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Data-driven supply chain part 2: The theory of constraints & the concept of the information supply chain.

  • Krishna Pera 

The viability of the ‘Viable Vision’. 

Data-driven supply chain part 2: The theory of constraints & the concept of the information supply chain.

I did hear about the Theory of Constraints (TOC) off and on through the late 90s, but I didn’t pay much attention until late 2001. One of the i2 consultants I met at their annual meet in Malaysia had one too many- and ended up lecturing me on how TOC was going to change the world. Ken Sharma, one of the two partners who set up i2 worked for Goldratt Institute before he joined hands with Sanjiv Sidhu. I bought Eli Goldratt’s book ‘The Goal’ on the way back to the Airport, and I was immediately hooked. The simplicity and the logic in the model were real, and the book was a great read…more like a fast-paced thriller than a dull business book.

The market for TOC started picking up in India, especially after the introduction of “viable vision”. The concept caught the imagination of every aspirational CEO; after all who can resist the chance to turn the company’s topline into its bottom line, JUST in four years?

In simple terms, a company implementing TOC can aim to convert its current top-line $ number into its bottom-line $ number in four years. Seems incredible, but Goldratt believed it is a perfectly ‘viable vision’ for a company to have. He used to conduct one-day workshops exclusively for the CEOs / CxOs to explain why such a vision is viable. Goldratt was so convincing, that many CEOs wanted to try it out. Besides, Goldratt was willing to share the risk; he would take the majority of his fees if, and only if, the company managed to achieve its stated goal.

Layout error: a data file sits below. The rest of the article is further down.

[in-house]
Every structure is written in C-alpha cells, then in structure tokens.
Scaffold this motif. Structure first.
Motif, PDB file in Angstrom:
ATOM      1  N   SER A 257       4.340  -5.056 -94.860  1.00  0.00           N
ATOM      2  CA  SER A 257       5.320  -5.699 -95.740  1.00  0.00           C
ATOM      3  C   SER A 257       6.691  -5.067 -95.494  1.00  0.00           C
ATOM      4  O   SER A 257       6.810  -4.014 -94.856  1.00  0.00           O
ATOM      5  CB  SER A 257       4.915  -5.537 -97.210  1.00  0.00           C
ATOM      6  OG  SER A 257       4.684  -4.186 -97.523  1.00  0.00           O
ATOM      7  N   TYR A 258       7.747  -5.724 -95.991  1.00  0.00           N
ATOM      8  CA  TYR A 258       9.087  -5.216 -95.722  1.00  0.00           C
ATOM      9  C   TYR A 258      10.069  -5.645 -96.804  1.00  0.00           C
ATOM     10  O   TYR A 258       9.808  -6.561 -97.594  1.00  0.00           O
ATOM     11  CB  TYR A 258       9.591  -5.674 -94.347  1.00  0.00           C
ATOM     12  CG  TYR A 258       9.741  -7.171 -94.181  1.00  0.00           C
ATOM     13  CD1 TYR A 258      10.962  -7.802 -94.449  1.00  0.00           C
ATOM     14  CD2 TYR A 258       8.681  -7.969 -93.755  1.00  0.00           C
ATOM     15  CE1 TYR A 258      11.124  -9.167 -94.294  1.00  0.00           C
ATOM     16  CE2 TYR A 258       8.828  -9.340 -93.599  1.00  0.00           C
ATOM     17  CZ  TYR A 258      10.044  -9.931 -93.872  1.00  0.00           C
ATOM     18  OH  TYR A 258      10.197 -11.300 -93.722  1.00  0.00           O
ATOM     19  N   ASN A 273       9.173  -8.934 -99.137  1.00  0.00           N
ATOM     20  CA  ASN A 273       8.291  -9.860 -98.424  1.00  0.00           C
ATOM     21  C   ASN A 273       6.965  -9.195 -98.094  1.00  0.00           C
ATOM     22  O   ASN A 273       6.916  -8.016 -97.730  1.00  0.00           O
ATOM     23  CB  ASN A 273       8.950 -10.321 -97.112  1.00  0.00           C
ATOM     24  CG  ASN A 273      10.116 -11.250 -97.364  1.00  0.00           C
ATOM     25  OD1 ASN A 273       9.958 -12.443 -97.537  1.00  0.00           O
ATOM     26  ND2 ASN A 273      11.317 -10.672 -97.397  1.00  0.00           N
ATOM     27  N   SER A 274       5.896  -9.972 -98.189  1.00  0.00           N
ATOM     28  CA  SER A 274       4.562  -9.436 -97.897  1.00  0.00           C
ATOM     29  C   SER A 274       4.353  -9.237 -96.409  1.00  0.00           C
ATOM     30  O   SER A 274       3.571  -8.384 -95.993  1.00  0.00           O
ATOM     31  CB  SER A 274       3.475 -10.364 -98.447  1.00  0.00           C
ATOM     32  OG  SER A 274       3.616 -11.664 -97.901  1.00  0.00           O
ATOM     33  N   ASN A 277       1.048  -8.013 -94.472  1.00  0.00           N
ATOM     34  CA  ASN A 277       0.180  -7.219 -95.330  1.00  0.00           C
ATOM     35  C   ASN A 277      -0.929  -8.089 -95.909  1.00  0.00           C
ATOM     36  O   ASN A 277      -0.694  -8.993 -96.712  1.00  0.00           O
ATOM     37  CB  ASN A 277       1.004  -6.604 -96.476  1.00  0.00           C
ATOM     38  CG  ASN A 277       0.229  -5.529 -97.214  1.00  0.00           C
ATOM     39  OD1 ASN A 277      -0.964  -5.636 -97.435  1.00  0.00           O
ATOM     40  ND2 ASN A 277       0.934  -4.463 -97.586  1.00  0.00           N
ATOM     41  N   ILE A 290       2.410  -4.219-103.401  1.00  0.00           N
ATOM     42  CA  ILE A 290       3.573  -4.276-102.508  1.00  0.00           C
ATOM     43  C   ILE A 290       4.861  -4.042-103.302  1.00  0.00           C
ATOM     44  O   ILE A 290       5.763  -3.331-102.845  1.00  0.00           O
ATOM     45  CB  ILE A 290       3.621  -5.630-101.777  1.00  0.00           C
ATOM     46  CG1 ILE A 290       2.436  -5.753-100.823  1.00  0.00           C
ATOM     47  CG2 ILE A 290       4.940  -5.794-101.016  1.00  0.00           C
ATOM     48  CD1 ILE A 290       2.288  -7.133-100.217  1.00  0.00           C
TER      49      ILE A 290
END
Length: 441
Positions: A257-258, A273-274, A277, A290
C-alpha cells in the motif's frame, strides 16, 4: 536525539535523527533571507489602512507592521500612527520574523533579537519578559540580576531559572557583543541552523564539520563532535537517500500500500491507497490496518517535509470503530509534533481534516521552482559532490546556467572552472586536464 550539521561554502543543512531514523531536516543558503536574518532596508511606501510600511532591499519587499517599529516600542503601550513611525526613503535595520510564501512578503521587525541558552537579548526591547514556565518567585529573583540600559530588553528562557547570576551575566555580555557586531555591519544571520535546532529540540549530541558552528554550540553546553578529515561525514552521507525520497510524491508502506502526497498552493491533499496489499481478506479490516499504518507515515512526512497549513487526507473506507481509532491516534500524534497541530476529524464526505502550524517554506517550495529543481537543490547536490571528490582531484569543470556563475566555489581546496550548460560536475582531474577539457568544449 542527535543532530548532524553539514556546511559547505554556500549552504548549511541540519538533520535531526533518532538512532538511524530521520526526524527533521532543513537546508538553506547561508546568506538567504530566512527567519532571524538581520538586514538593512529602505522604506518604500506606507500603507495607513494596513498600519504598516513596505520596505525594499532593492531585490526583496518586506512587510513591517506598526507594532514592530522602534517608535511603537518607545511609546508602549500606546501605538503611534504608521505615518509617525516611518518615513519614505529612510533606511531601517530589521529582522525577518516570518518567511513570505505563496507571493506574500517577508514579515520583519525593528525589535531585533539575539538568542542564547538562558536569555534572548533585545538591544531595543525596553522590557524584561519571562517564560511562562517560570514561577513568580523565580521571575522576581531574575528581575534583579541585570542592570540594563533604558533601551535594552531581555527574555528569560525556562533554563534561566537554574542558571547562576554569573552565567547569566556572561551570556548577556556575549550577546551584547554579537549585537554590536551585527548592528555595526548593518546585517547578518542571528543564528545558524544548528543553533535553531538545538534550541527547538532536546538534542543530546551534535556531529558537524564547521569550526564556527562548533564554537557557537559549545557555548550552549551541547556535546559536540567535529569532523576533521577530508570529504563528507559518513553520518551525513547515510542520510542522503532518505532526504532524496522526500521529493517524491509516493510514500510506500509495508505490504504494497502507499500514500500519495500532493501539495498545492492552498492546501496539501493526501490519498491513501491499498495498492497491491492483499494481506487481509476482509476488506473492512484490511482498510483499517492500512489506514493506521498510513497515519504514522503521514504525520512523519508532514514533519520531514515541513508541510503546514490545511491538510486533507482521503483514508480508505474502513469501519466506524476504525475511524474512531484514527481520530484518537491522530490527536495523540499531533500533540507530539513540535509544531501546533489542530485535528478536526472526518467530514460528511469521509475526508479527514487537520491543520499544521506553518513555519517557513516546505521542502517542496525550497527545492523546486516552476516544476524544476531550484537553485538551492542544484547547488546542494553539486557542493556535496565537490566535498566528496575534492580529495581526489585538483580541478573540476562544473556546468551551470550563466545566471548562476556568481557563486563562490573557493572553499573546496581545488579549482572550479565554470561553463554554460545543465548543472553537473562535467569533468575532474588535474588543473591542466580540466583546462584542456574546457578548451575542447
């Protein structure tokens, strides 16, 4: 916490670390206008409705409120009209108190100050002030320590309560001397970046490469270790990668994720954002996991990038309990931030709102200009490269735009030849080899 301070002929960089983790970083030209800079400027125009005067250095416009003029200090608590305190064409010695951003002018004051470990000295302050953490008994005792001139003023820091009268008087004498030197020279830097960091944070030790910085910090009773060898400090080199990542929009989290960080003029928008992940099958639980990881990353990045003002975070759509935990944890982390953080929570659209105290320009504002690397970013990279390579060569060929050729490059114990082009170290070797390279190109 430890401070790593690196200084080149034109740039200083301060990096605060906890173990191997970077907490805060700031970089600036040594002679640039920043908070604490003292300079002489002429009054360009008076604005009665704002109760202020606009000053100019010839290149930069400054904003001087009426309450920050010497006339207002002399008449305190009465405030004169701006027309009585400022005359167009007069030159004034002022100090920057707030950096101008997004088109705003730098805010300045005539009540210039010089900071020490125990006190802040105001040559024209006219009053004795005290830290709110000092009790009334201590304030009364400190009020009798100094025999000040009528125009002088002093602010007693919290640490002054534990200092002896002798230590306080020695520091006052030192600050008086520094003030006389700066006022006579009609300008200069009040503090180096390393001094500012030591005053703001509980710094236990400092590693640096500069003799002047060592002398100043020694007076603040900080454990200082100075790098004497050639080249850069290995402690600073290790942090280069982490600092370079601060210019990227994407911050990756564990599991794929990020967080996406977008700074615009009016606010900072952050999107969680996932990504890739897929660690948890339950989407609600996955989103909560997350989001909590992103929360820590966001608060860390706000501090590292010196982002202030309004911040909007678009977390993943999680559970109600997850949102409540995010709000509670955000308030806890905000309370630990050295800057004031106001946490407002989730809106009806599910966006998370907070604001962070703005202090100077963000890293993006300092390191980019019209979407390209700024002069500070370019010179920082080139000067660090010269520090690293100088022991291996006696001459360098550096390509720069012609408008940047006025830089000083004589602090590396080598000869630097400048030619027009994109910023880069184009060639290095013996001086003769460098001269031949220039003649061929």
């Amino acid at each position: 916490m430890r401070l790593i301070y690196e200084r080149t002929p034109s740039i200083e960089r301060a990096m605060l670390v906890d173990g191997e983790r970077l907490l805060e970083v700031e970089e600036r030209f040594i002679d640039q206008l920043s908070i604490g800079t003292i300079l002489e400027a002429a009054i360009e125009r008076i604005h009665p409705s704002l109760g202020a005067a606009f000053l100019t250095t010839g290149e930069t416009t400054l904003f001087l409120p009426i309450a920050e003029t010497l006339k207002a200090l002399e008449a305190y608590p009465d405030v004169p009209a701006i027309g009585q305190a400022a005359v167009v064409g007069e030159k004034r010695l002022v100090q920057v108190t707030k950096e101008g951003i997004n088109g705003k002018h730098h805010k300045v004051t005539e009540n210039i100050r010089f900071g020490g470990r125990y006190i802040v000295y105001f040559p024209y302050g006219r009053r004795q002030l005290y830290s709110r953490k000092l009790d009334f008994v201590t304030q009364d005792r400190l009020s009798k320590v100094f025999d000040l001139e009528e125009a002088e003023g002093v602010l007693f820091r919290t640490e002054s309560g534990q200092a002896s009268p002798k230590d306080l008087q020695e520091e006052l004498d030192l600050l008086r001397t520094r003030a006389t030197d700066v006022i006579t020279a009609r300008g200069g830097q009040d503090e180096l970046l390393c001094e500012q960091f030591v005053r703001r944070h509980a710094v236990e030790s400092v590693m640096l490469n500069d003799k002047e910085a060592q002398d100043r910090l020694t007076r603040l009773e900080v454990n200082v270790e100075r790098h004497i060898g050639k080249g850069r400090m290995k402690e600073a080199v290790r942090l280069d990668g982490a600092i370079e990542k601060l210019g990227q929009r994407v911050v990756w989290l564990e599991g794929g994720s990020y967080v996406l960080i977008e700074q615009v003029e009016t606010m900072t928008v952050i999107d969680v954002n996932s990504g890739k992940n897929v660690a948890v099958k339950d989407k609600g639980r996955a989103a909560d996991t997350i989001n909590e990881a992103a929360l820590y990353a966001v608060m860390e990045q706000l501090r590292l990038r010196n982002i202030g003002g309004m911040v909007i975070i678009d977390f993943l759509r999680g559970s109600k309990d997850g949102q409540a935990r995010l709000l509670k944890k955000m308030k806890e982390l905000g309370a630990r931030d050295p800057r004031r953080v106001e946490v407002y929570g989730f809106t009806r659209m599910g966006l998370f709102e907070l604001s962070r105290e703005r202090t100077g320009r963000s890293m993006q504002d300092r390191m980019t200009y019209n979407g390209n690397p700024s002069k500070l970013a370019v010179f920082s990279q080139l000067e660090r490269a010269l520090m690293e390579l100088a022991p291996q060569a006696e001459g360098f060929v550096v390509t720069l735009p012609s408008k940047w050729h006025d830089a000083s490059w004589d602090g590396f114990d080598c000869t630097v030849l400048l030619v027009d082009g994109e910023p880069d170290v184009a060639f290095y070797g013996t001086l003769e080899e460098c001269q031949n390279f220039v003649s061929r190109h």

While there were a few big successes, there were a few disappointments too. I would assume a ‘lack of commitment from the top management’ must be one of the key underlying reasons for failures. Over a period of time, TOC consultants stopped talking about ‘viable vision’, but they continue to get engaged especially by growth-oriented companies of medium size. The goals being set for the TOC projects still continue to be challenging, but definitely not as ambitious as in the case of ‘viable vision’.

Are unresolved Bottlenecks in the information supply chain the reasons TOC projects fail?

Strictly speaking, TOC projects do not ‘completely’ fail. However, they can fail to deliver the intended value. They do produce results, but the scale and value delivered may depend on how exactly you have designed and implemented your project. In an overwhelming majority of cases, the ‘vision’ for converting your topline number into your bottom line, in four years or less, may turn out to be ‘not viable’.